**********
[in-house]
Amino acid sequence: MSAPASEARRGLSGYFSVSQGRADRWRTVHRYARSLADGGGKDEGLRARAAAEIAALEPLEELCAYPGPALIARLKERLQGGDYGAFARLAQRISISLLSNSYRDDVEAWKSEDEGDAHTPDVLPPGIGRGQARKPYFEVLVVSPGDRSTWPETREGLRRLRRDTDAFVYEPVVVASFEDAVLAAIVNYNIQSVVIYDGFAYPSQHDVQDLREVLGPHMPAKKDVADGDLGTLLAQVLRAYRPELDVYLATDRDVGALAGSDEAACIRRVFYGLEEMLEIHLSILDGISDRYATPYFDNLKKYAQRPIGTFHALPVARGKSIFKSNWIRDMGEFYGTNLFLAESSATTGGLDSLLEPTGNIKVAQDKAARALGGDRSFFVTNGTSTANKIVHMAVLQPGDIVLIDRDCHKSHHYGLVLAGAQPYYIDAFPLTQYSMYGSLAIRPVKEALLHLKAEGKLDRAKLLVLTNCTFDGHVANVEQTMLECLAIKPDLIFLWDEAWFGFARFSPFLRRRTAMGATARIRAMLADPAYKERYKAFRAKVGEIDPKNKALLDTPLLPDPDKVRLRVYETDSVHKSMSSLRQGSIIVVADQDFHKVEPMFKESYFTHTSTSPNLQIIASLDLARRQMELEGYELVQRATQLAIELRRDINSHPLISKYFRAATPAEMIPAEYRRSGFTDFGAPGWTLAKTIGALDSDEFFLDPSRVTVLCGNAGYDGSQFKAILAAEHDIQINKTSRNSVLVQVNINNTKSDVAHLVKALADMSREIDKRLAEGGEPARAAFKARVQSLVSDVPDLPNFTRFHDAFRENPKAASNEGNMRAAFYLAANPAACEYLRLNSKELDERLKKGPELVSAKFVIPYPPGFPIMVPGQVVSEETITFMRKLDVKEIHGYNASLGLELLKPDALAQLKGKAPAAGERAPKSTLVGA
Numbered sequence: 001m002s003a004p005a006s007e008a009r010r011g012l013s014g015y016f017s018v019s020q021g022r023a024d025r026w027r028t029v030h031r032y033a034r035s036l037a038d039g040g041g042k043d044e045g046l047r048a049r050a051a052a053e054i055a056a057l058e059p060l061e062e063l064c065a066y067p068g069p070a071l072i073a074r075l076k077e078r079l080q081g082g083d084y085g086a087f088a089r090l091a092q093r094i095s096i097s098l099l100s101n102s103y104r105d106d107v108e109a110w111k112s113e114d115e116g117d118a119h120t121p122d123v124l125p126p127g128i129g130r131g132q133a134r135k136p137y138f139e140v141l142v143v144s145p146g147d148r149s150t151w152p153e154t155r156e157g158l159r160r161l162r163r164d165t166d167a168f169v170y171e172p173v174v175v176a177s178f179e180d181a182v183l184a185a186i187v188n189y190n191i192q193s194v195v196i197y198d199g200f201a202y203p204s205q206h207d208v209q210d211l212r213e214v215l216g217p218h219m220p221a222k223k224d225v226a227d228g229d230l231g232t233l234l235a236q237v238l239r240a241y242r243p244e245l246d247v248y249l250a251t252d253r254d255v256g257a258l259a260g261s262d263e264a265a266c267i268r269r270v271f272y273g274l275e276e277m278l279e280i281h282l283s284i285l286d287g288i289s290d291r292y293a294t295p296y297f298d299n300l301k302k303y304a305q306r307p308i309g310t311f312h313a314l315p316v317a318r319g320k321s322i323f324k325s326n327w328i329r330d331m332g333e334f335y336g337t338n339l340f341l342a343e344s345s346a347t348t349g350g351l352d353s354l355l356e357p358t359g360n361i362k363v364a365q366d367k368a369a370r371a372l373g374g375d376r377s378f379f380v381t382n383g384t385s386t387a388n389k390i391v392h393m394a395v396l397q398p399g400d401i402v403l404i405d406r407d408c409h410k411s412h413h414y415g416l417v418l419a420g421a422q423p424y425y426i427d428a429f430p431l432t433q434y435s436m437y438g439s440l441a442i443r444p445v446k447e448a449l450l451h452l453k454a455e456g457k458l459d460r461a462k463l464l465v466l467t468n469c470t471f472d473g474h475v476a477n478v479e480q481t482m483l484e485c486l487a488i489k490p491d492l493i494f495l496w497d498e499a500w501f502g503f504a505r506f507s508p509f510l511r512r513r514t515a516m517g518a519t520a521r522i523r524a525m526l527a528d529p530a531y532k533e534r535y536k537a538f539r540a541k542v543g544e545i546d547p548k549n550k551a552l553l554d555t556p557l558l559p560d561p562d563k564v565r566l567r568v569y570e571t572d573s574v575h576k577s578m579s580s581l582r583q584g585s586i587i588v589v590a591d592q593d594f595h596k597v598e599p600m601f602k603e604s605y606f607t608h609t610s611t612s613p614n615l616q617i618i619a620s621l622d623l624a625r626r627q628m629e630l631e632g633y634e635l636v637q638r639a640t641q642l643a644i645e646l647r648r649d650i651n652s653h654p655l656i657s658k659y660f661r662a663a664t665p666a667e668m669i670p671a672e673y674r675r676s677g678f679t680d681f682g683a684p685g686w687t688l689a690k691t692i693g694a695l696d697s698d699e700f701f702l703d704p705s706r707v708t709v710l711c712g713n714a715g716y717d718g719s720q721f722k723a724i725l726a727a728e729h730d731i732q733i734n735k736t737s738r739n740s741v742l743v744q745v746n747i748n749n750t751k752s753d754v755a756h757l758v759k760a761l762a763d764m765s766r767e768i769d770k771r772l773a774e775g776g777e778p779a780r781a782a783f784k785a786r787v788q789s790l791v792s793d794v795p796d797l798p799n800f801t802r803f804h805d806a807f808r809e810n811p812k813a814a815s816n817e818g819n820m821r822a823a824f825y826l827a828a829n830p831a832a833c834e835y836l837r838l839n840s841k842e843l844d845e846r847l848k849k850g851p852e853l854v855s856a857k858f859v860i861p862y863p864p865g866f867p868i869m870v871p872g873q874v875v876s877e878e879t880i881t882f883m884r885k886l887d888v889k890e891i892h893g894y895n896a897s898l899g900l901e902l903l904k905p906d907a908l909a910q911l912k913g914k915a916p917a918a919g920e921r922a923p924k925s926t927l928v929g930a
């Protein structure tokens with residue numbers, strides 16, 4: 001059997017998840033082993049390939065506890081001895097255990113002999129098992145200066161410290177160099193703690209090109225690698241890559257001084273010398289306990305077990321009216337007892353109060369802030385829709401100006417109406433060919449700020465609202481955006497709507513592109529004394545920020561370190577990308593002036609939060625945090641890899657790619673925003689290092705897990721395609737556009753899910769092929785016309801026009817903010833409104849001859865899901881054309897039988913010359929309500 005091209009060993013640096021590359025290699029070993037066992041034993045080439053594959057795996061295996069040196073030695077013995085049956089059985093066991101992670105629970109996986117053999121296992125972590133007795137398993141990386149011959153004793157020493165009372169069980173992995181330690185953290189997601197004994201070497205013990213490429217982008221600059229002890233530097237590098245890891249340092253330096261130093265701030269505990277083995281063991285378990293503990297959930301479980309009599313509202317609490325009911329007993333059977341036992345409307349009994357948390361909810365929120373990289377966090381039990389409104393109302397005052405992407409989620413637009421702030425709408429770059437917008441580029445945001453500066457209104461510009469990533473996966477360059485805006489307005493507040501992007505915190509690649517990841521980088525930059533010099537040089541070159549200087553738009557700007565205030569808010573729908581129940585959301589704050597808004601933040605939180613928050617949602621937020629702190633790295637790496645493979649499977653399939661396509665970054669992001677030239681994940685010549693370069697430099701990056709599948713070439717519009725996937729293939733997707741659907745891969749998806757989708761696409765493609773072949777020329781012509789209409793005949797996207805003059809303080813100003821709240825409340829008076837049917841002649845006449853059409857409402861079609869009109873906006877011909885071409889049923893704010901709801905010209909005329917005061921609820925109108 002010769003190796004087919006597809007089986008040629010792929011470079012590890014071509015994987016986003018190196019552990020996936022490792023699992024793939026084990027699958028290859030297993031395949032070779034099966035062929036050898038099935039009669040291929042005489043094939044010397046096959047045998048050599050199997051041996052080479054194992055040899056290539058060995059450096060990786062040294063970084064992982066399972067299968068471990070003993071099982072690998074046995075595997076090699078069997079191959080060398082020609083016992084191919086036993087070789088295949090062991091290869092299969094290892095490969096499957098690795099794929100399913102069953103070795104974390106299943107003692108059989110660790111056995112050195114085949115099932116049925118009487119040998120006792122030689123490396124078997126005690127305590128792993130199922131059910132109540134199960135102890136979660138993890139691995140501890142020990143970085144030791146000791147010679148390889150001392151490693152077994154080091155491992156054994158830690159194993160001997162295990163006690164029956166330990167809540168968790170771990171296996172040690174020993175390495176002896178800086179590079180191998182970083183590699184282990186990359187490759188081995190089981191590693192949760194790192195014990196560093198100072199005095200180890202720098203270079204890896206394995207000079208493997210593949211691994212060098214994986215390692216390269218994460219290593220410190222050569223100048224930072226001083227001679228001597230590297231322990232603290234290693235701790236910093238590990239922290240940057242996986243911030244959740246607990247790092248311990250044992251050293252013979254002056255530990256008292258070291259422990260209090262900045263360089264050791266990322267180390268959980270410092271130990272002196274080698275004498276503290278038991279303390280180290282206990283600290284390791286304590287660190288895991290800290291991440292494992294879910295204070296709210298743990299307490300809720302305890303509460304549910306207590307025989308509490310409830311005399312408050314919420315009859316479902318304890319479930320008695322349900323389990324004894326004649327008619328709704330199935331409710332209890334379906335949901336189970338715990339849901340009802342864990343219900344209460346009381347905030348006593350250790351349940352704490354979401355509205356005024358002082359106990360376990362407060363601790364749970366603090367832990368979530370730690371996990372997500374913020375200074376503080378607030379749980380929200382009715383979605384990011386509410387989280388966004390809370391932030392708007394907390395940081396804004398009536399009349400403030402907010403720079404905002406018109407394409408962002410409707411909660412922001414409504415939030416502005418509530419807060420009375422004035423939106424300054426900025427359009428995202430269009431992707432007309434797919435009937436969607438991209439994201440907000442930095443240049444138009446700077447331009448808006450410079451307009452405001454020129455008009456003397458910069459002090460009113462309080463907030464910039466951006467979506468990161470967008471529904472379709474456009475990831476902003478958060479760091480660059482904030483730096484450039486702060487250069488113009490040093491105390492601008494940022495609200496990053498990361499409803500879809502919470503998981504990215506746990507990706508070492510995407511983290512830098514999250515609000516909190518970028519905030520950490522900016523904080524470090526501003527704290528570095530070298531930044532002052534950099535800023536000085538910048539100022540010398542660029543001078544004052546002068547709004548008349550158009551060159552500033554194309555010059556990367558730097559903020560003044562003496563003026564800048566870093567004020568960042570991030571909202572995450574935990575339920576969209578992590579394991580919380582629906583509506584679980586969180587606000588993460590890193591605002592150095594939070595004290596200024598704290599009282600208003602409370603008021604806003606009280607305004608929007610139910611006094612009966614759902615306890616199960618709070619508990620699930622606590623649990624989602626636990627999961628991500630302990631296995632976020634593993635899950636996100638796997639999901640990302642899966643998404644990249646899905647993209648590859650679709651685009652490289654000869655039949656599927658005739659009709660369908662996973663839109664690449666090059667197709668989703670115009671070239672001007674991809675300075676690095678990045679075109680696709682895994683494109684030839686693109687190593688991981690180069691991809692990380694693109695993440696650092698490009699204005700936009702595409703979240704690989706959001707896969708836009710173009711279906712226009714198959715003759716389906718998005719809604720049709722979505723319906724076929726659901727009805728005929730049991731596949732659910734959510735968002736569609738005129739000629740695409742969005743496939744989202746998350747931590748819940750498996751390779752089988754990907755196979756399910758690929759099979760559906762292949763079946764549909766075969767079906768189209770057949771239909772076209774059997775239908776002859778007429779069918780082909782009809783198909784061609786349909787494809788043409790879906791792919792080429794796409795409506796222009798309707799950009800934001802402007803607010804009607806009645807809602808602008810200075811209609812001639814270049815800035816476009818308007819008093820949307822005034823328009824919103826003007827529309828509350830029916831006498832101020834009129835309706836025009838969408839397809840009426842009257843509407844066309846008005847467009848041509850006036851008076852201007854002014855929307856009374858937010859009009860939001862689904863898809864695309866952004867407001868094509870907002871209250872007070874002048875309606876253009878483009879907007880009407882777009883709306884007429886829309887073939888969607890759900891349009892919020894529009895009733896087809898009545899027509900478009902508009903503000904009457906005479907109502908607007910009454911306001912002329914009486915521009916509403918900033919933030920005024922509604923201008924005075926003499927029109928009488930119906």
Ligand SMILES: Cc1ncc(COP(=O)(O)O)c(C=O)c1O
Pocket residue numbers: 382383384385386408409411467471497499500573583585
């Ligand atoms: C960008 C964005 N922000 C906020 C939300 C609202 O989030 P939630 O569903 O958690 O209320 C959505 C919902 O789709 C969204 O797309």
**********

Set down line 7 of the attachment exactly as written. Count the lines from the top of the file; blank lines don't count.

């Ligand atoms: C960008 C964005 N922000 C906020 C939300 C609202 O989030 P939630 O569903 O958690 O209320 C959505 C919902 O789709 C969204 O797309």